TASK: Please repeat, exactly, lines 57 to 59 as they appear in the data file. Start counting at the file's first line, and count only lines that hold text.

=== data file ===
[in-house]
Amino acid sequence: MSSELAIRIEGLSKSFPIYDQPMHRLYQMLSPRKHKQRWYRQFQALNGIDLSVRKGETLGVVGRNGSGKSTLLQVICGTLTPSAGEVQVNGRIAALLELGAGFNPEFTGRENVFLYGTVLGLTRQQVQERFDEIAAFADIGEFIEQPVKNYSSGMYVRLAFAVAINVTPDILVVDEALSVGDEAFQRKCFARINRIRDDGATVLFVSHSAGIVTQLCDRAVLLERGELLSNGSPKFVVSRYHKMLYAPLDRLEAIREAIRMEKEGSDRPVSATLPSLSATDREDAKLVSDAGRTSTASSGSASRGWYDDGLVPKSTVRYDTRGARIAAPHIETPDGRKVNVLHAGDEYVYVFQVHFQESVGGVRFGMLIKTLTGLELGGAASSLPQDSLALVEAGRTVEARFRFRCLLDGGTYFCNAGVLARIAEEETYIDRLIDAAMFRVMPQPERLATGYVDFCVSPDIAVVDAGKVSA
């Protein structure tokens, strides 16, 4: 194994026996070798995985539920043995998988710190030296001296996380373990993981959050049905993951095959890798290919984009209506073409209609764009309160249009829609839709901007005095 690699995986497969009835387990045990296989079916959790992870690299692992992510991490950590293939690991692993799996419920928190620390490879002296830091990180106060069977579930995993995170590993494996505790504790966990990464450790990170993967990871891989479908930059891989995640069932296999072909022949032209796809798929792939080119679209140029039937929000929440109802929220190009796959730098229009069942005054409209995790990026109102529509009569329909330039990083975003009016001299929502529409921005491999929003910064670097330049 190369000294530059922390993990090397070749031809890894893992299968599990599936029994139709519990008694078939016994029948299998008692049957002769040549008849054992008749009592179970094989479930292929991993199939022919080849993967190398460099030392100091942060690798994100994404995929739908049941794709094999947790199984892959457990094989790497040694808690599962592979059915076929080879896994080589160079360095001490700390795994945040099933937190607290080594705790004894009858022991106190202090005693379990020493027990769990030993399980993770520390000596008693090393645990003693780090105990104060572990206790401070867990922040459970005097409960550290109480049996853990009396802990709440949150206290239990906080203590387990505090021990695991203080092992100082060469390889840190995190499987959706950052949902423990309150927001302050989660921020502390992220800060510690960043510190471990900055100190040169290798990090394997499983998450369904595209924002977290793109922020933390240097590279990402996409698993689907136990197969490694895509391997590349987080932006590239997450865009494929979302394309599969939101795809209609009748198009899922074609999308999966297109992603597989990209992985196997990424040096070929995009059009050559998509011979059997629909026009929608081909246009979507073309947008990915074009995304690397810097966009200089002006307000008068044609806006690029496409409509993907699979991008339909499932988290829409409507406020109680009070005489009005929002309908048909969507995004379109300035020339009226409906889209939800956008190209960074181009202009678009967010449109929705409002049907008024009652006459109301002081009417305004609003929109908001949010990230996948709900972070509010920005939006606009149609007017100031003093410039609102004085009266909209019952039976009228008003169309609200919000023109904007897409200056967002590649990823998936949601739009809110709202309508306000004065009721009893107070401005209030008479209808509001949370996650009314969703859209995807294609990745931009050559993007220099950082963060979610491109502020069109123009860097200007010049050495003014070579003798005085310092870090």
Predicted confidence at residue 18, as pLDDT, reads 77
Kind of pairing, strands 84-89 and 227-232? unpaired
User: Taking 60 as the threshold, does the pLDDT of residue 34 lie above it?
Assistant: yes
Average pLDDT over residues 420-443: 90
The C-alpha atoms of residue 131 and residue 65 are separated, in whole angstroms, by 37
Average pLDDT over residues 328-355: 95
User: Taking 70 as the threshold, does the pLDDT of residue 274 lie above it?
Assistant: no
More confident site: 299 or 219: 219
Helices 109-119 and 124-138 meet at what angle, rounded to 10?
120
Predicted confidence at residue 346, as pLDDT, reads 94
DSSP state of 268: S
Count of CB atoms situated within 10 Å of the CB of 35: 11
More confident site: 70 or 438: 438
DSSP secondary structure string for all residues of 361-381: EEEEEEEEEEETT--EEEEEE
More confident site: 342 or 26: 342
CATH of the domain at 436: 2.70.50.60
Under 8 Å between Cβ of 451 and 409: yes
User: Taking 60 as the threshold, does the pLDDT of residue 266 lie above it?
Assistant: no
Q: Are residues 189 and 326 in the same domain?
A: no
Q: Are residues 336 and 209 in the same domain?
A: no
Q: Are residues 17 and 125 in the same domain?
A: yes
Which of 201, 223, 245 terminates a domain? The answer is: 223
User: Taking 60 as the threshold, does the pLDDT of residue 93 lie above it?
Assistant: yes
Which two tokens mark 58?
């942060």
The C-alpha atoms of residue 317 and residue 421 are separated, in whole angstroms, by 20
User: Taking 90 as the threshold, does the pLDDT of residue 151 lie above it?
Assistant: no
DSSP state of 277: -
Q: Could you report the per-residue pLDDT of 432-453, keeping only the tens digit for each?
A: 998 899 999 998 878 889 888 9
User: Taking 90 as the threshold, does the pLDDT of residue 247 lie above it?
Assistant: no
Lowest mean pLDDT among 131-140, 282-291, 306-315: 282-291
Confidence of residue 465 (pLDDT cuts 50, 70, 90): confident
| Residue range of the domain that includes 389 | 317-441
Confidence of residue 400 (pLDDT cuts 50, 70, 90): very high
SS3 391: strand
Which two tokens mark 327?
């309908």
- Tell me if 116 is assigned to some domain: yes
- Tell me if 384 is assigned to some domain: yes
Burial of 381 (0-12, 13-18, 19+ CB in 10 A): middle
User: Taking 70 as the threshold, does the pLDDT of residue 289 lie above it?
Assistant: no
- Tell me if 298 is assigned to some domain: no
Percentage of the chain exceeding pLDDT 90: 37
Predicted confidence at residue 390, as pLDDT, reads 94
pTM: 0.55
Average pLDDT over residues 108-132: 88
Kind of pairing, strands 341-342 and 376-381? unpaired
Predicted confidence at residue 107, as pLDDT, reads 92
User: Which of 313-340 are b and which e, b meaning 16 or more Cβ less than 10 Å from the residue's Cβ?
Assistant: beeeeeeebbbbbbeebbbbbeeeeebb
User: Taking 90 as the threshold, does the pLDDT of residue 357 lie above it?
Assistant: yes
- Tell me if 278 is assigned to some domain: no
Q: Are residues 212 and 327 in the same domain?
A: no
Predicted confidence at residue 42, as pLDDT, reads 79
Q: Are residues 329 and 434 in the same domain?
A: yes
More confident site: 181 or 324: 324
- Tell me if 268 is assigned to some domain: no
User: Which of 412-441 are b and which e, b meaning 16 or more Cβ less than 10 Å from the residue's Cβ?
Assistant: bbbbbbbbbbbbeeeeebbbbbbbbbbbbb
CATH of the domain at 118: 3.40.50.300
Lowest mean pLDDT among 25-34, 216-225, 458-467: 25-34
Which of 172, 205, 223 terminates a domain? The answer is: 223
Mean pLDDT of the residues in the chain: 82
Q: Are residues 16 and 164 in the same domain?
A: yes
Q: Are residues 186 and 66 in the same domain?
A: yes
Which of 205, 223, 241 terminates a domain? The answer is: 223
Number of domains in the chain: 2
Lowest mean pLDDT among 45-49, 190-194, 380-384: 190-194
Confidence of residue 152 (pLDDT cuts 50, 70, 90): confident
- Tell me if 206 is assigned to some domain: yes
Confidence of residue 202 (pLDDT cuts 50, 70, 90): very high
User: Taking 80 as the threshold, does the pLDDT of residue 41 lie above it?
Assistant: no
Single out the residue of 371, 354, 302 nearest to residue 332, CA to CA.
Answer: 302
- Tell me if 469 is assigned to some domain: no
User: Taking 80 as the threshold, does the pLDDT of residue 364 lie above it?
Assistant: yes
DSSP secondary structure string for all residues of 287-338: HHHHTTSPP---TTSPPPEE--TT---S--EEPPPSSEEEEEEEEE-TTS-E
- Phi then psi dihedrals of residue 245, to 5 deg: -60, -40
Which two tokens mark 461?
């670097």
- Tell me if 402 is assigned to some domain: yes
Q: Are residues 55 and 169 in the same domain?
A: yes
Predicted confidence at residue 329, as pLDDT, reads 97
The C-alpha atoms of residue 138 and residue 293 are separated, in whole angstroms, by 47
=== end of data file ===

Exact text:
- Tell me if 298 is assigned to some domain: no
Percentage of the chain exceeding pLDDT 90: 37
Predicted confidence at residue 390, as pLDDT, reads 94